The world is enduring the government mandate to work from home over the past few months.
When the whole world has been put on hold, organizational growth is taking a backseat as every company is just scrambling to survive. As such, organizations today are now operating on a new mantra – agility.
The is no known playbook for the current dynamics that were brought about by the disruption of the COVID-19 pandemic. This black swan event has become the catalyst that has forced organizations to reinvent, reimagine, and reinvigorate their own business models.
Companies have to rapidly change their business strategies to remain resilient.
Matthieu Pellerin, founder and head of Google’s Growth Lab, noted that “The more agile we can be, the better we can address our users’ needs and deliver helpful information and experiences.”
Here are several steps that the company has taken to grapple the effects of the COVID-19 pandemic:
· Prioritize: Conducting the “stop, start, continue” exercise.
Organizations need to focus on their core operations and stop anything that is not urgently required. They should also start adjusting to COVID-19 work arrangements and proceed with doing COVID-19 related work.
· Adapt: Empowering teams to get critical messages out to as many as possible.
Companies need to adapt to the crisis and streamline the organization’s system of approval, deployments, and launches. They should be transparent in their communication with stakeholders during this critical time.
· Shift: Ensuring that the company is addressing the needs of its users.
A crisis should never become an avenue for self-promotion or upselling. Companies should ensure that they address the needs of their consumers by shifting their campaigns in observance to the current environment.
Instilling the Agile Mindset for the Organization
The unprecedented spread of the COVID-19 pandemic has created so much uncertainty for organizations and their stakeholders. Thus, institutionalizing an agile mindset for the organization is essential to establish speed, innovation, and greater customer focus for organizations.
A Forbes article noted several benefits of instilling an agile mindset for the organization:
BENEFIT 1: Agile provides rhythm and cadence for work.
In times of uncertainty and ambiguity, an agile mindset will provide regular work patterns to help employees move forward and prioritize. Simple work rituals such as weekly video meetings or just a catch-up meeting among colleagues will bring about a positive state of mind and provide a sense of normalcy for employees.
BENEFIT 2: Agile allows for quick shifts.
Agility is essential when organizations are making quick adjustments to their campaigns, approaches, or even the actual nature of work. The agile mindset will help “deconstruct” work and help employees accomplish tasks one piece at a time. Agile provides smooth priority shifts since work has been planned in smaller portions and over shorter periods.
BENEFIT 3: Agile is empowering.
The agile methodology allows team members to make decisions at the moment rather than waiting and asking the management to weigh in. The ability of employees to make necessary decisions will ensure the speed and responsiveness that the customer needs in times of crisis.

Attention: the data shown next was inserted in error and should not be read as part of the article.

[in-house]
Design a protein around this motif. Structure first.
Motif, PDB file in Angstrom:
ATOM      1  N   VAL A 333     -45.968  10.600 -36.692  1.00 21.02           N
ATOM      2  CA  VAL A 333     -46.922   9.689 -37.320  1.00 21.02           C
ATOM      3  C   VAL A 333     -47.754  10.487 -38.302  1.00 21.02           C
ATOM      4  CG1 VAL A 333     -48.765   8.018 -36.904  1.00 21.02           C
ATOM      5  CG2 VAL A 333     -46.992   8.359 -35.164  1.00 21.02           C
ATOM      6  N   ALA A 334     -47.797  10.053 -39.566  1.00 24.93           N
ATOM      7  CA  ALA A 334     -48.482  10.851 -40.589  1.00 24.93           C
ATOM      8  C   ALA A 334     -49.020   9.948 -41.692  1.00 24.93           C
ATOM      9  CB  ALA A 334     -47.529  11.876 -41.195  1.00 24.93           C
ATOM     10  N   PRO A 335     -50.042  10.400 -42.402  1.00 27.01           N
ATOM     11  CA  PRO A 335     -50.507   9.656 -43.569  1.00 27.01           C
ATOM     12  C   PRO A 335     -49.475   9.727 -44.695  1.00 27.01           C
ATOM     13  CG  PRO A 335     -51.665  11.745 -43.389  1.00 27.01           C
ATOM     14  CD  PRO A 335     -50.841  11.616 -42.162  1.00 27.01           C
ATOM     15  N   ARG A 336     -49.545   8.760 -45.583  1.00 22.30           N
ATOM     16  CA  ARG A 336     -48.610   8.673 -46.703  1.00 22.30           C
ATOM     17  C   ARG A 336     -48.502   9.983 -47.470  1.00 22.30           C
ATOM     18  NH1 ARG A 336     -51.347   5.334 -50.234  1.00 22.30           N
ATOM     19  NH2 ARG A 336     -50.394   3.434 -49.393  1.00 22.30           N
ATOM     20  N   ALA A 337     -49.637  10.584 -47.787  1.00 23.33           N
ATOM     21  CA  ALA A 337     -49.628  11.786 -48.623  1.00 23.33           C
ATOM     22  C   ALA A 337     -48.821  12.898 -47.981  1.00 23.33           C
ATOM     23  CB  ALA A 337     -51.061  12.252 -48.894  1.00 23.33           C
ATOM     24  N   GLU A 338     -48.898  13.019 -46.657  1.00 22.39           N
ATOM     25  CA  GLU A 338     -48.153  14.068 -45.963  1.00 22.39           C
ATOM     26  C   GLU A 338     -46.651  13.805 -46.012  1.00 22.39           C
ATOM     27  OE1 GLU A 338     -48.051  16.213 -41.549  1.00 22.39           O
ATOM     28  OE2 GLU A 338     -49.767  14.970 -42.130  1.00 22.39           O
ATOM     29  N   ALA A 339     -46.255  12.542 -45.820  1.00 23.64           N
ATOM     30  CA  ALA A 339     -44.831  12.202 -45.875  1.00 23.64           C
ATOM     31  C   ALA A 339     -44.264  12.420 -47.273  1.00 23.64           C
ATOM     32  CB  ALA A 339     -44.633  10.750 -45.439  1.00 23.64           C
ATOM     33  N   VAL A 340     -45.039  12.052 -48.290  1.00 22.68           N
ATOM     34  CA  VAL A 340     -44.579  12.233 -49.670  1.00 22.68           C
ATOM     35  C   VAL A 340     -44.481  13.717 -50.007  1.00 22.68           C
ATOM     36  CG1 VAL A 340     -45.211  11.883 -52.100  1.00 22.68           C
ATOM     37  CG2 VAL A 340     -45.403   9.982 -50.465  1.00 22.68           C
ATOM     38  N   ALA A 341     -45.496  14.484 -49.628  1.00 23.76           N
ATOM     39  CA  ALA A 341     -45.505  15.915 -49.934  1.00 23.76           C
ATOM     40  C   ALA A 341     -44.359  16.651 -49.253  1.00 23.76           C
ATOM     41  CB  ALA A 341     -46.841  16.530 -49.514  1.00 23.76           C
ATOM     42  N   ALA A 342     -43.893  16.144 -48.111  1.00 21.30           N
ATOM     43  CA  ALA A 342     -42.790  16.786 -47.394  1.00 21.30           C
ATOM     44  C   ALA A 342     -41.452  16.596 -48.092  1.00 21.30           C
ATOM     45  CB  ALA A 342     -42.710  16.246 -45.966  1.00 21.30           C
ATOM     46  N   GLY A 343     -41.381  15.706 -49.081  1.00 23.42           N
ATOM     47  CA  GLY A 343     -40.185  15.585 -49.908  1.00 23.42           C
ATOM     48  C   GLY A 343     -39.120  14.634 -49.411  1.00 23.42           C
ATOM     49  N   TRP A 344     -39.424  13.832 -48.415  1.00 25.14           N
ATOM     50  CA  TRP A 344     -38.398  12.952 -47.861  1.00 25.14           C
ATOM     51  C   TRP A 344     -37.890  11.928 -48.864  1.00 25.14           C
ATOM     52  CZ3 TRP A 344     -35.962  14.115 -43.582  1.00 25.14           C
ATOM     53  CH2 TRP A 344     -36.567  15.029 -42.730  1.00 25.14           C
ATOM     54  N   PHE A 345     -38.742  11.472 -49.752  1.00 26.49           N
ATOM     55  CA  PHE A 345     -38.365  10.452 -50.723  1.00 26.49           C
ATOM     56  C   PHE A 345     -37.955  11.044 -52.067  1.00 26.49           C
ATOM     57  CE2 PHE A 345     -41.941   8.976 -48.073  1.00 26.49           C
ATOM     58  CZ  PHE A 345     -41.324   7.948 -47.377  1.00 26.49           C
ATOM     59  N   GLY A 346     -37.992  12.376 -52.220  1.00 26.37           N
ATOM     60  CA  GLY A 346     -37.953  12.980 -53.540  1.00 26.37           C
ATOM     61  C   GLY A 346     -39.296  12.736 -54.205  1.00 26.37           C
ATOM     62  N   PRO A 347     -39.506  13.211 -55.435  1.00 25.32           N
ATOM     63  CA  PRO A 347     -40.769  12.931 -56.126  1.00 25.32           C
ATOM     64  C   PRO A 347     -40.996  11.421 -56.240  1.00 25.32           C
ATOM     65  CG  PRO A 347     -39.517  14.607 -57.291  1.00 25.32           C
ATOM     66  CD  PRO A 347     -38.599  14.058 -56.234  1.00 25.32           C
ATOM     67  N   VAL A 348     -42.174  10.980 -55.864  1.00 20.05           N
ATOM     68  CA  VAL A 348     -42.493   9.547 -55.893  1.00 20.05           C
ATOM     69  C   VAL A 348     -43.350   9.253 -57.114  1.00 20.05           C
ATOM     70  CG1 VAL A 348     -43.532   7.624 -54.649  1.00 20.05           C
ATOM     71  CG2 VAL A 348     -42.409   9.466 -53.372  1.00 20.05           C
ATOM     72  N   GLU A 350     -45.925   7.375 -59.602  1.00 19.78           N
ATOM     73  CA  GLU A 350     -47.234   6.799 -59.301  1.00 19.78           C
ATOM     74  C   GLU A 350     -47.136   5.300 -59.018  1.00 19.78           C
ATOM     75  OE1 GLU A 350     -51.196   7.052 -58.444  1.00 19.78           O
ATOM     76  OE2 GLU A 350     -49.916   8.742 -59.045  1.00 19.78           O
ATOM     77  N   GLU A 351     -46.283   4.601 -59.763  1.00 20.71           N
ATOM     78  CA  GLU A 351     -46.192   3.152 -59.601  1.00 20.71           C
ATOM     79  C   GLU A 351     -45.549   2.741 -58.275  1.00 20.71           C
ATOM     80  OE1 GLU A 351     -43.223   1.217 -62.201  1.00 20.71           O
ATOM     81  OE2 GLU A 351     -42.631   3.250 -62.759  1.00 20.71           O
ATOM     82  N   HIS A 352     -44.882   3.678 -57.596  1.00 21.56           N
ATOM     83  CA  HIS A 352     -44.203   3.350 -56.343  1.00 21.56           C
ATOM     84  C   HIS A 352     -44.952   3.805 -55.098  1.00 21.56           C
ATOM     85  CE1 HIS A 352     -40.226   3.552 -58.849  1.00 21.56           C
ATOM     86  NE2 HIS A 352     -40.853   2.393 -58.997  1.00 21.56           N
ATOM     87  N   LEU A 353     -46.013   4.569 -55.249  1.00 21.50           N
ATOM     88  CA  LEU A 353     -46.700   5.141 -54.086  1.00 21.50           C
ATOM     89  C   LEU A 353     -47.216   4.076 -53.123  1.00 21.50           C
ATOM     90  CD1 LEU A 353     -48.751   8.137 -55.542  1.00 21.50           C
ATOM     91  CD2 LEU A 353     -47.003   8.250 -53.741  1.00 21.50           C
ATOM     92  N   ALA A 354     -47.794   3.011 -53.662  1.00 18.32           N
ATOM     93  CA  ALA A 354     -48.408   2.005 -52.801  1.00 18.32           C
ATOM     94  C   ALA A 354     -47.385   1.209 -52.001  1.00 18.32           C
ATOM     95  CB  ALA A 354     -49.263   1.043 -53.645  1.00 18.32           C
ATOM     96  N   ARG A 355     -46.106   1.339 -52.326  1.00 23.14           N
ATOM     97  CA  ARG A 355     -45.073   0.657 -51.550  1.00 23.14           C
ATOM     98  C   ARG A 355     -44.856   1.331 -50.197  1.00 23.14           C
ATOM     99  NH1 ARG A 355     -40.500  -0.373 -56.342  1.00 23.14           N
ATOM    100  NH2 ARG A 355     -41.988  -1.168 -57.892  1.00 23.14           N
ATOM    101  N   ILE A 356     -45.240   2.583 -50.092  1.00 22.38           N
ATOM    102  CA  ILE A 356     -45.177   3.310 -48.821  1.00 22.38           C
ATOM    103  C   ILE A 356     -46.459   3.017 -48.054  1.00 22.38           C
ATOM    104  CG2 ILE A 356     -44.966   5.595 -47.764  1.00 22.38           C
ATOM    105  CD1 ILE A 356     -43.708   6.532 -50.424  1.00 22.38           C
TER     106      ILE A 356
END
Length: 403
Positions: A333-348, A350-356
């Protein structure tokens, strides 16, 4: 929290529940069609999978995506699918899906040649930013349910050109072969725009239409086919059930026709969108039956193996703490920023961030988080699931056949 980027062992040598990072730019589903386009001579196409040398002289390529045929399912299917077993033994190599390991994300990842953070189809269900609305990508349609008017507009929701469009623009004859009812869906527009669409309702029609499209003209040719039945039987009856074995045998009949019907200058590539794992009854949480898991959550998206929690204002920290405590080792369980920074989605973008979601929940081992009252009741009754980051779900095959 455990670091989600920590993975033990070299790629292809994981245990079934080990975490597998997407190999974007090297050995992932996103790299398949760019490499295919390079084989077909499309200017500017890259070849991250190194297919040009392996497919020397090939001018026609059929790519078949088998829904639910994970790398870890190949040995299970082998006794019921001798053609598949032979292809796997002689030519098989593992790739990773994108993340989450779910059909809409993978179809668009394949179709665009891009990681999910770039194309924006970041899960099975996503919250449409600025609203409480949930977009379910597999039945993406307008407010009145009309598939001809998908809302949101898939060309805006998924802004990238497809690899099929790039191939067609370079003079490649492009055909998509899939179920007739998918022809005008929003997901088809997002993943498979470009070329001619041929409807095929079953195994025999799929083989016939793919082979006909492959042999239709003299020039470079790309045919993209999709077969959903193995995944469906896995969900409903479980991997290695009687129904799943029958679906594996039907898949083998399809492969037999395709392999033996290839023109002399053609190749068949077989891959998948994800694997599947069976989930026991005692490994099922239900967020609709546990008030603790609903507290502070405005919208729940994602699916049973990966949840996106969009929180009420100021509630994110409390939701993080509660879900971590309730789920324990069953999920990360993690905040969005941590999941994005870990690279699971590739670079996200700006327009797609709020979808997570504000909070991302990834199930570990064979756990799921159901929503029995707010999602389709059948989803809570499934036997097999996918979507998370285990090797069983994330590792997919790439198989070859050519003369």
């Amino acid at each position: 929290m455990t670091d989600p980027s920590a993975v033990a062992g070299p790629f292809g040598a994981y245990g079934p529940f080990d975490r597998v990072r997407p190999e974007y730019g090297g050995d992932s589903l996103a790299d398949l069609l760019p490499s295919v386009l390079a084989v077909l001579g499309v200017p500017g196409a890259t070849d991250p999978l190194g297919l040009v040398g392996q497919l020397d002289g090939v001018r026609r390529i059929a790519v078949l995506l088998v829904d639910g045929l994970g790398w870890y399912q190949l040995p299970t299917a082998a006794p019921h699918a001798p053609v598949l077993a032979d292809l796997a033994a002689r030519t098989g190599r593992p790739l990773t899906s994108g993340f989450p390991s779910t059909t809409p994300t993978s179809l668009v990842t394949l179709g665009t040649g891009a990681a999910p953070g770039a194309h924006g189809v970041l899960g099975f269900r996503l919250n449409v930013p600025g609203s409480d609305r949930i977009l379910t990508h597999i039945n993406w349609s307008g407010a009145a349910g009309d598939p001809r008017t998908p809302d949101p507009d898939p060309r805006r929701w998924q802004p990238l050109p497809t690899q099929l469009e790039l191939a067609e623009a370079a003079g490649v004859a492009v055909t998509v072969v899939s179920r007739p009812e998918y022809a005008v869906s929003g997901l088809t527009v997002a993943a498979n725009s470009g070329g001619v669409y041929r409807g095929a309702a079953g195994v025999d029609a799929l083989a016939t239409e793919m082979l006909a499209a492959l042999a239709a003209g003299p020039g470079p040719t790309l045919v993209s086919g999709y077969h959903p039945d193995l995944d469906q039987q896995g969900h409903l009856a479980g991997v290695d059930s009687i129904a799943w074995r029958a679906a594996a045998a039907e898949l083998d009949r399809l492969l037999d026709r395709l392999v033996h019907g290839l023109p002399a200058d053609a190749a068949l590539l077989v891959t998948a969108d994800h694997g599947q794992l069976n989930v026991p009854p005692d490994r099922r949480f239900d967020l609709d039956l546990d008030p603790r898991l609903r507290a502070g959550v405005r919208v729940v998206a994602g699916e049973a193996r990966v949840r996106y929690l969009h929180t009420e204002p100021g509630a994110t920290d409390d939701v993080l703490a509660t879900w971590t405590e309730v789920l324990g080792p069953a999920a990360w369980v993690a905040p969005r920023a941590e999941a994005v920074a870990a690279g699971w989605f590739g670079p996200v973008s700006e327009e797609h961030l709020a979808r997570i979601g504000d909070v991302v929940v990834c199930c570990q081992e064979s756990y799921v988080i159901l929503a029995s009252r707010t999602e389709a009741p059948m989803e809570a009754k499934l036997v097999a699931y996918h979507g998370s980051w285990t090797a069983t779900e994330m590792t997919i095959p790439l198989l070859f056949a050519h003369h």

Leading remote teams with agility
When all employees work remotely, make sure that the company is helping with remote interactions that make the company culture prosper. Virtual connections will work just fine when employees are committed to getting the job done. Here are several tips on how organizations can incorporate an agile mindset:
TIP 1: Time-box tasks.
Employees can establish a fixed maximum time to accomplish their major tasks. Time-boxing tasks will help ensure that nothing takes longer than it should to finish certain tasks. It also creates a sense of urgency for tasks with a higher level of priority.
TIP 2: Inspect and adapt.
Employees need to continually inspect the quality of their work and adapt accordingly. They can partner with a team member to monitor work output and make the necessary corrections. Constant feedback and improvements will ensure that consumers will get what they need even as work conditions constantly change.
TIP 3: Pause and learn.
An agile organization will normalize the need for reviews and retrospectives. Rather than ticking off a checklist of tasks, teams are also encouraged to pause, reflect, and ensure that they are constantly learning and adjusting as necessary. Supporting a level-headed assessment is essential during a crisis, especially in cases when nothing seems predictable.
TIP 4: Take a simple, ordered approach.
An agile mindset will empower teams to make the next right decision again and again. Remote work can become overwhelming during a prolonged period. One straightforward solution is to make a list of priorities that needs to be accomplished. This simple approach is a smart response to an employee’s need for control and order.
Another Forbes article listed several ways on how remote team leaders can tap their team’s full potential while adjusting to an agile remote work strategy:
· Purpose-led briefings.
Some remote workers may often miss out on seeing the “bigger picture” amidst the crisis. It’s easy to get right into solving immediate problems while failing to prioritize. Always begin briefings with the target stakeholders in mind then create priorities that are relevant to them. It’s also crucial to be specific with the list of tasks and desired outcomes for employees.
· Create a vision with concrete ways on how to get there.